there are sections of spectrum that are used for specific purposes and services, and these are allocated by international agreements, so your choice of operating frequency will be determined by what you want your device to do. for instance, making a RADAR that operates at 100Mhz would be a bad idea because that's in the middle of the FM broadcast band. so, the operating frequency of your transmitter can't be determined at random. in many cases, you will need some form of license for your transmitter, and there will be certain technical standards the transmitter needs to adhere to (frequency stability, bandwidth, elimination of out-of-band signals, etc...). if you get an amateur radio license, you get a bit more leeway of the types of experimental systems you can build and test (as long as they are not for business purposes), and there are quite a few portions of spectrum open for amateur radio in the 50-500Mhz range.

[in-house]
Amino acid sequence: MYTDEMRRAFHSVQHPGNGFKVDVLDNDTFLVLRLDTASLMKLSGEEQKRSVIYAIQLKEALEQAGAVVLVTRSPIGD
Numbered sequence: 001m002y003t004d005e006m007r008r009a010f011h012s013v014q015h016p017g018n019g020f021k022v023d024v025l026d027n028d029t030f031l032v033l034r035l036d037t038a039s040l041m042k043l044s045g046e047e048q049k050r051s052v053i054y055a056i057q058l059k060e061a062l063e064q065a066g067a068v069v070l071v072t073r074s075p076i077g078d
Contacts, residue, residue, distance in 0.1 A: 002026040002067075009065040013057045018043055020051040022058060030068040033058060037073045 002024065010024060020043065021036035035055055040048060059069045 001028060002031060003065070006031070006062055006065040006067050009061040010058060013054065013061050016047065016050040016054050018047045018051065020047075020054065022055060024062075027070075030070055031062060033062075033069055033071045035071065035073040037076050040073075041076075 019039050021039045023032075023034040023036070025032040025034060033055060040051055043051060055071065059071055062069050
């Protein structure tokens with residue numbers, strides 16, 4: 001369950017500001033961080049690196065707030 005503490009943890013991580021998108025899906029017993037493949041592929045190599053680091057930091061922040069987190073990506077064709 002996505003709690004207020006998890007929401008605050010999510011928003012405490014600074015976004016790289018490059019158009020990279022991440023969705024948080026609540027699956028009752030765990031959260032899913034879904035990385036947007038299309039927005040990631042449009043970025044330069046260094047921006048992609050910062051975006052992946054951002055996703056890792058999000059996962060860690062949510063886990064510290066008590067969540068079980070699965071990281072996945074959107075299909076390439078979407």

it would make things easier if you told us what you want to make. we could give you advice and info better suited for your purposes. without more specifics, the answers you get will be a bit of a "shotgun" effect.
 

RadioRon

Well-Known Member